Disinfection describes neutralization of infectious matter. This implies a reduction of the microbial load such that no infection risk any more originates from a surface (e.g. an object of skin). By definition this state is reached with a germ reduction of at least factor 10^5. There are several procedures for disinfection.
One of the most common is the chemical disinfection, e.g. wiping surfaces with alcohol or other disinfection solutions. However, with chemical disinfection the toxicity and material compatibility are critical. The established method for the reprocessing of medical devices are thermal disinfection processes, which are chemically harmless, but unsuited for thermo-unstable materials. A hot issue is the use of UV-light, which is well suited for specialized applications where shadows can be avoided.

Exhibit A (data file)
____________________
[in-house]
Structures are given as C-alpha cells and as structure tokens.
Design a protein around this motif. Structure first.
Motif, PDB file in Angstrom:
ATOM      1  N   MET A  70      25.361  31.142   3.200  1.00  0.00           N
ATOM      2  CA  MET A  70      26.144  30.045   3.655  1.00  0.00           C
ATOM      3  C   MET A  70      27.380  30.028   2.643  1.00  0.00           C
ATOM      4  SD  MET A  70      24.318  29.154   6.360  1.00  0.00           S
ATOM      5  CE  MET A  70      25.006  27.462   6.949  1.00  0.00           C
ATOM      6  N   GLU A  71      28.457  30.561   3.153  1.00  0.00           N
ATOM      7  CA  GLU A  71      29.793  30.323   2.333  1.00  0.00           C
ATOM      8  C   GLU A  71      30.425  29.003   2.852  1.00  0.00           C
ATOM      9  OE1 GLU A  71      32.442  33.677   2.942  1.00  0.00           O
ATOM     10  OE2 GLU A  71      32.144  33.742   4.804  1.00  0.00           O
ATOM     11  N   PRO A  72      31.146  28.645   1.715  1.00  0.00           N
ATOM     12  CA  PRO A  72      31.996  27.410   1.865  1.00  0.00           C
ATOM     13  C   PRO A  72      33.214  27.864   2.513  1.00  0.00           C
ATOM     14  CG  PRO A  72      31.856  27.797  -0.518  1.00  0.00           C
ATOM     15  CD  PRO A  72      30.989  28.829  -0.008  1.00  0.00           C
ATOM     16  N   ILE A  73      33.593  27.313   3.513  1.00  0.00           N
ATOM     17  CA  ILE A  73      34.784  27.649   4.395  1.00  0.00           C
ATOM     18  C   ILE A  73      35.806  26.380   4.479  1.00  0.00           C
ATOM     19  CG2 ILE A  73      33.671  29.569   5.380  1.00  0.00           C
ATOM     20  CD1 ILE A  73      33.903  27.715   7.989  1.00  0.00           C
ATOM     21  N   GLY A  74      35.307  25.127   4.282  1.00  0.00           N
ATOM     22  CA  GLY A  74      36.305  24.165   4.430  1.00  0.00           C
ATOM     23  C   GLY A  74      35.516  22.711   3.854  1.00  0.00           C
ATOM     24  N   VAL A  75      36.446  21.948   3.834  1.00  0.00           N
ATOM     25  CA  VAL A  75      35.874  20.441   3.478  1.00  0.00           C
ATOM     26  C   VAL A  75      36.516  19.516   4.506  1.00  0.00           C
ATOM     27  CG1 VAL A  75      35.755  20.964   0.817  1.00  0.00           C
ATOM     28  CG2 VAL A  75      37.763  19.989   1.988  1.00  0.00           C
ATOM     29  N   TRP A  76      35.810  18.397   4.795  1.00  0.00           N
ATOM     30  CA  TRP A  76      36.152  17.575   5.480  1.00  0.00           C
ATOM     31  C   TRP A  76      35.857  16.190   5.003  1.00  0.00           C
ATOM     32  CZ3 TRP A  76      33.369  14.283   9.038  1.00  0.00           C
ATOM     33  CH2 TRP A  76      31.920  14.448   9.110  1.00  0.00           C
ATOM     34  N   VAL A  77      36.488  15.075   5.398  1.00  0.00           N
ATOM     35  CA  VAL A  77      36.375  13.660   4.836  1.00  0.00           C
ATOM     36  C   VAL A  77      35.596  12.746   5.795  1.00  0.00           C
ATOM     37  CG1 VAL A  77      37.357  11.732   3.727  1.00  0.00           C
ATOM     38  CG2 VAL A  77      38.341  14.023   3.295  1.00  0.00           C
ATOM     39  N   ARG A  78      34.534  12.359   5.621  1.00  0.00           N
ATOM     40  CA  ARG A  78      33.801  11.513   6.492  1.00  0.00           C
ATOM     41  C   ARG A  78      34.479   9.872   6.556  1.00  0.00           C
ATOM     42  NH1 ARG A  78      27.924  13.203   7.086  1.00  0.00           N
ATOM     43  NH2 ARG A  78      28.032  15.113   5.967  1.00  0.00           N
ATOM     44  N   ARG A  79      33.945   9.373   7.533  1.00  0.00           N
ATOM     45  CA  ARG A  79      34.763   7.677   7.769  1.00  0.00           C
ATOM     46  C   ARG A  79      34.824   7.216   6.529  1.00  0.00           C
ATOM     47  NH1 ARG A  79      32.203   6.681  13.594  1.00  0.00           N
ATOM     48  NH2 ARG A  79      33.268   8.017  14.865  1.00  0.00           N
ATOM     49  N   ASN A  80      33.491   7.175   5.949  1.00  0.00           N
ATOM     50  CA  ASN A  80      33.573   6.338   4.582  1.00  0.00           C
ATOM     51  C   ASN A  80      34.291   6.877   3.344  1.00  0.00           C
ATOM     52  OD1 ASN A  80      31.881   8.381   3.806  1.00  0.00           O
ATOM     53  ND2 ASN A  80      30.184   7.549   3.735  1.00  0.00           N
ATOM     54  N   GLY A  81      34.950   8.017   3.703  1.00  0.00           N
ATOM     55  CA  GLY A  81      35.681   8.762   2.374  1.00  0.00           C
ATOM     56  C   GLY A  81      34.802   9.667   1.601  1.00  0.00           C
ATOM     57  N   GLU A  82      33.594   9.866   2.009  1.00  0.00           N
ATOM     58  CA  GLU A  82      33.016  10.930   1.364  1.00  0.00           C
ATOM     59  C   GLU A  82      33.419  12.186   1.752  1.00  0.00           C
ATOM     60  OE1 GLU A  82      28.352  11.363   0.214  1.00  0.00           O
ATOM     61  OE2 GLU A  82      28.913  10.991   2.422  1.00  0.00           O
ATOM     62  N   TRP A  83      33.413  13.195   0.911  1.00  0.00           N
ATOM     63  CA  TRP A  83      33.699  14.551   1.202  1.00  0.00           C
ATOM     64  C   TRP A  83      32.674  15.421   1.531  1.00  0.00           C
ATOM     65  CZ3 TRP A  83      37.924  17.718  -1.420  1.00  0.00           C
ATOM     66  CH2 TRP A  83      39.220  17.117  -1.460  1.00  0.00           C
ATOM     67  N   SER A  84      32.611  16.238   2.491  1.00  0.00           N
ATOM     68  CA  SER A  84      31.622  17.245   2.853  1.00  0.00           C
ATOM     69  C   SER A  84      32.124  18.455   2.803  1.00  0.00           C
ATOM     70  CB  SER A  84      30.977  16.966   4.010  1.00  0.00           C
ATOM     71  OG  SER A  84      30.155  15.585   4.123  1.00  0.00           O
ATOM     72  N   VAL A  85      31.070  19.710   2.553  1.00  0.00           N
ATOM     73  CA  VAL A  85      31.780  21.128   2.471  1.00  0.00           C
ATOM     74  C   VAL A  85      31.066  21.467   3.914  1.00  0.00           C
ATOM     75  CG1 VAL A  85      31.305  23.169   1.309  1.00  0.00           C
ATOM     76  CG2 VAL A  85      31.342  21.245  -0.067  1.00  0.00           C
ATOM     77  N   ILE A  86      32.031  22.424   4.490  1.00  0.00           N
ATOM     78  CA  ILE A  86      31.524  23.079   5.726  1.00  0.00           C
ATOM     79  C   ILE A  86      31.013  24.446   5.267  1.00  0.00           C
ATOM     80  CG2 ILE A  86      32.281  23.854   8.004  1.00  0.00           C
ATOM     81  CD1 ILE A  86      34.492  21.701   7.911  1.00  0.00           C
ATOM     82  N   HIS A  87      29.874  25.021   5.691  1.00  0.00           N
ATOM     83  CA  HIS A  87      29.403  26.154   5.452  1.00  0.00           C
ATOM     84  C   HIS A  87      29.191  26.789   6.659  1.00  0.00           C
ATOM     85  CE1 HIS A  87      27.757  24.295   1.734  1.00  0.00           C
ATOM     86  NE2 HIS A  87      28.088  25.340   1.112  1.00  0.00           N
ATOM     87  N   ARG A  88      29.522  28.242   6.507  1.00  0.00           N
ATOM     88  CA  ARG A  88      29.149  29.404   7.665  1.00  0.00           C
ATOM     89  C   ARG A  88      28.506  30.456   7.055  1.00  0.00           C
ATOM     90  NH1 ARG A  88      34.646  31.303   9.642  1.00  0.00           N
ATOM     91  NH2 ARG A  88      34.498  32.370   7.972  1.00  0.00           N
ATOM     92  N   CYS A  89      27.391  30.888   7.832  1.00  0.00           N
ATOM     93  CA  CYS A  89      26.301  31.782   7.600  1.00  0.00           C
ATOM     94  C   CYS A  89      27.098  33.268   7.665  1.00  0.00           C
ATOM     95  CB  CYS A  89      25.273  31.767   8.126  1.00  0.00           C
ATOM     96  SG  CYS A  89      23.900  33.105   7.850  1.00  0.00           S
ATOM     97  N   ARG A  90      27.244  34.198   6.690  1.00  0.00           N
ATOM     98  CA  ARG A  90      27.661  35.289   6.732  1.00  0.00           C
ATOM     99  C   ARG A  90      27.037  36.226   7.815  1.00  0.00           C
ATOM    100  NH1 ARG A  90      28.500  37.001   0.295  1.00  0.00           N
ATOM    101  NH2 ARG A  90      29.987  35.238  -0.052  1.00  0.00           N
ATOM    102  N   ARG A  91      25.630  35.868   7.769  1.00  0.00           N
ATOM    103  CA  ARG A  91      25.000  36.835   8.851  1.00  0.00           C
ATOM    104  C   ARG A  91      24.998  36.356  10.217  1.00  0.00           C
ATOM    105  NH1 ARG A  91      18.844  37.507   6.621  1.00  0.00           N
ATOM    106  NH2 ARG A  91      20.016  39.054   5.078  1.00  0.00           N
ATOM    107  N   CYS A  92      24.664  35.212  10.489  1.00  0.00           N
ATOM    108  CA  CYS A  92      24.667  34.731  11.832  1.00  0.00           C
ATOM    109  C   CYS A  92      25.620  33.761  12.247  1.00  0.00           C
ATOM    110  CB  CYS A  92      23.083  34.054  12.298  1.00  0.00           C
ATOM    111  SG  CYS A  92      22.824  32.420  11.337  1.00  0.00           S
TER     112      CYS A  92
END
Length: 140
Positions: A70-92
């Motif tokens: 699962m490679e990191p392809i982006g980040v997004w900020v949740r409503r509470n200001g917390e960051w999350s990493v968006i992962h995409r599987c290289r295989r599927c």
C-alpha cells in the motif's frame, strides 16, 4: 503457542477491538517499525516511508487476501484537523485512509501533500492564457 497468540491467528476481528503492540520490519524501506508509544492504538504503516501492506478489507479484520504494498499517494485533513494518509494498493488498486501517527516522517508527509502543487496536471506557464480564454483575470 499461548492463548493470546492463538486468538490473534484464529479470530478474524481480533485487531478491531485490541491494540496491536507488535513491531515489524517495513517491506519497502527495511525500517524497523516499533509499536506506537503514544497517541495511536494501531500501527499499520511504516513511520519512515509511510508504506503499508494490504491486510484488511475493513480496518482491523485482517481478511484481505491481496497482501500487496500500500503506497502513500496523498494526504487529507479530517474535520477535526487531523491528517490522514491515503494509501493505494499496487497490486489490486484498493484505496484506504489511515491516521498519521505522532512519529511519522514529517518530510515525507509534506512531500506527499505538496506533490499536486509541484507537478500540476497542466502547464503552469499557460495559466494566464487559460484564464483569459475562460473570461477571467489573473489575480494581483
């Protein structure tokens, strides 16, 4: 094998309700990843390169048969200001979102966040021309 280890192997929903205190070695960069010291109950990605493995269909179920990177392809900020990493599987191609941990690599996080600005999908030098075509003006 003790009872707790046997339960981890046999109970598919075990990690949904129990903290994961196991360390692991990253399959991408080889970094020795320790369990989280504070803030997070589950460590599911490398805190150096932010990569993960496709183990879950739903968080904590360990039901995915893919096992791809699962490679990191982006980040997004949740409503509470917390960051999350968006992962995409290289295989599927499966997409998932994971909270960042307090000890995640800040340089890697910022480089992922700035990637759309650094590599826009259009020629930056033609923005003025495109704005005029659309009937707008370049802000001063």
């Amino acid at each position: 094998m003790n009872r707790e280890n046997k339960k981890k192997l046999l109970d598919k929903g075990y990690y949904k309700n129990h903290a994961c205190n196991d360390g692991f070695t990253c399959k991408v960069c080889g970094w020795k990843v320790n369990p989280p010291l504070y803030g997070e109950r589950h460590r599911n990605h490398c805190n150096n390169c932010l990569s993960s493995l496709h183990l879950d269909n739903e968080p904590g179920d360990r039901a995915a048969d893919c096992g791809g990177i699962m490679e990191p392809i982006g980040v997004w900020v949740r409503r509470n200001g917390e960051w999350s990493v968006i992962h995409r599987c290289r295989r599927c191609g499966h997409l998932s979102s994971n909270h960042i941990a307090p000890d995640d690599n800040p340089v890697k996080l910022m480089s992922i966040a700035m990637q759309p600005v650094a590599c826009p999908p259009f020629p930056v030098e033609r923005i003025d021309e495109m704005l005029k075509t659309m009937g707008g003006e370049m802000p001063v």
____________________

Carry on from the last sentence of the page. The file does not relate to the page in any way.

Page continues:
Plasmadisinfection is a special case because it cannot be attributed to a single category. The main effect is based on the reactive species, especially ozone and hydrogen peroxide. Additionally, a small amount of UV-light is generated. It has however only a low intensity and a short effective range, therefore it has only little impact on the antimicrobial effect. Depending on the plasma system, the local temperature may influence the disinfection properties.« Back to Glossary Index